The First Irish Cities: an Eighteenth-Century Transformation
by David Dickson (Yale University Press, £25.00/€32.00)
In this study Prof. Dickson selects ten Irish cities and towns, subjects them to a forensic historical analysis and illustrates in meticulous detail their evolution throughout the 18th Century. The urban centres he selects are: Belfast, Cork, Derry, Drogheda, Dublin, Galway, Kilkenny, Limerick, Sligo and Waterford.
Prof. Dickson begins with an account of the ‘walls coming down’. The ten urban communities experienced at least one siege or blockade since 1641 and eight had endured multiple sieges over that time. However, at the beginning of the 18th Century walls and stonework defences had become redundant and by the middle of the century five of the urban centres had demolished substantial proportions of their gates, bastions and defensive walls. Other legacies of the past had also disappeared, such as medieval market crosses and the medieval cathedrals in Cork and Waterford.
Prof. Dickson next turns his attention to the residents in those cities and towns. By comparing the estimated civilian populations for those cities and towns in 1660 and 1821 he indicates the rapid rise in the number of their residents over that period. He considers the mortality rate in those centres and how it was affected by plagues of infectious diseases and periodic food shortages. However, although life expectancy for people, especially the young, was unfavourable for most of the century, it improved in the final decades. The guilds, who were descended from the medieval guilds of craftsmen, continued to exercise considerable influence at the work place and the community at large. Their role was analogous to present-day trade unions and staff associations. A table comparing the religious composition of citizens in the ten centres in 1660 and 1836 shows the rapid and significant rise in the Catholic proportion of their respective populations.
Catholic merchant families were to the fore in the sea ports of Galway, Limerick, Cork and Waterford. Bishop Berkeley in the Querist (1735) expressed concern about this situation. He worried that thereby they could control the wholesale trade of the country. Prof. Dickson has little difficulty in dismissing such fears as groundless. He compares the commercial and industrial milieus in Belfast and Dublin and concludes that it was not until the second half of the century that the entrepreneurs in Belfast become as progressive as those in Dublin.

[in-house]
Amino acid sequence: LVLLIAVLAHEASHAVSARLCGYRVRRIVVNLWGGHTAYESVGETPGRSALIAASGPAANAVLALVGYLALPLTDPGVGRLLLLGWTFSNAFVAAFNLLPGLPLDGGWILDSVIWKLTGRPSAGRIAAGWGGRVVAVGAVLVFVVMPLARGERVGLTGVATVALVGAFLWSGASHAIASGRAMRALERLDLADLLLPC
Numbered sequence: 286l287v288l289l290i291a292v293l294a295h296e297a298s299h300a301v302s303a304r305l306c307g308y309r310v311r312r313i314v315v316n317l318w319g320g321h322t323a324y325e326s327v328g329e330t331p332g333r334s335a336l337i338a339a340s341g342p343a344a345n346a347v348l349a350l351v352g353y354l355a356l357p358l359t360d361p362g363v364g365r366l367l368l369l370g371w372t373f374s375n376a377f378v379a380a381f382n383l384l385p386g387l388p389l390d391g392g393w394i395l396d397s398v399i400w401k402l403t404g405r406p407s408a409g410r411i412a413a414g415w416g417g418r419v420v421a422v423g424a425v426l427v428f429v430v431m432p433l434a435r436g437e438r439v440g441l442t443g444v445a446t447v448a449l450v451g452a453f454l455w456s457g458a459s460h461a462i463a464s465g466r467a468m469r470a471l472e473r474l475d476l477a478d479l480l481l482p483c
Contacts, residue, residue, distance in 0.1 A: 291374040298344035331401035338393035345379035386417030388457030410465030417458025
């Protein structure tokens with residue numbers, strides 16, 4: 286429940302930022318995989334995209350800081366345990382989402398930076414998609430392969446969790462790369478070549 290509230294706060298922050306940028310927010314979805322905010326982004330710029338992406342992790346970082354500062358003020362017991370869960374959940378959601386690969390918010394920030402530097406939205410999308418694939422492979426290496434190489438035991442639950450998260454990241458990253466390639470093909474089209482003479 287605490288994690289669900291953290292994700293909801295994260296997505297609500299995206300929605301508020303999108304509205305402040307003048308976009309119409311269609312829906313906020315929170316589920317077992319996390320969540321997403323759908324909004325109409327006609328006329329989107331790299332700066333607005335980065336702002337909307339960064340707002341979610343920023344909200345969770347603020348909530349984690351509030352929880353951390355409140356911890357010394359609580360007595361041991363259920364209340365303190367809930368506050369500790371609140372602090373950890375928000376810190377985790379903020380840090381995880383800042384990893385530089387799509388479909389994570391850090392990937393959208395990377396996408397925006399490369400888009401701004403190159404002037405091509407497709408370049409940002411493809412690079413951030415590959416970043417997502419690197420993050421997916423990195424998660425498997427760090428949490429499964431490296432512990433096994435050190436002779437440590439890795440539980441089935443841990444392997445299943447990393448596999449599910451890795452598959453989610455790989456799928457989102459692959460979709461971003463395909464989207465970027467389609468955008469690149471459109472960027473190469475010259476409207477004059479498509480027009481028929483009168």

Prof. Dickson describes the parallel worlds in which Catholics and Protestants co-existed. He outlines the education provided under the auspices of the Church of Ireland and the other Protestant denominations. The separate worlds were structured by the notorious penal laws. As these were eased towards the end of the century, Teresa Mulally in Dublin and Nano Nagle (later foundress of the Presentation Sisters) in Cork began their respective crusades to make education available to the ‘Catholic poor’.
Law and order were a top priority for the all-Protestant parliament in Dublin. They successfully brokered an agreement with the authorities in London that the bulk of the English standing army be housed and maintained on Irish soil during peacetime. Hence, the huge Royal Barracks built outside Dublin at the beginning of the century. At one time it housed over 4,000 men. Soldiers were also stationed in the other cities and towns across the country. Regulated Police first patrolled Irish streets in 1786.
Apart from periods of food shortages – 1765-66, 1783-84, early 1790s – serious riots were unusual. However, there was much riotous misconduct. This was generally associated with traditional carnivals, fairs, patterns and faction-fights. In this regard Donnybrook Fair was notorious. An ancient horse and livestock fair, it became a vast site for carnival and sport, drinking, pimping and brawling. On one Sunday in 1790 it was claimed that some 50,000 people were in attendance at the fair, returning to the city ‘like intoxicated savages’.
This book would have been worth publishing for the quality of the illustrations alone. It is the first comprehensive overview of the great age of Irish urban development, in all its complexity, and variety and it will remain the bench-mark for those involved in Irish urban history for many years to come.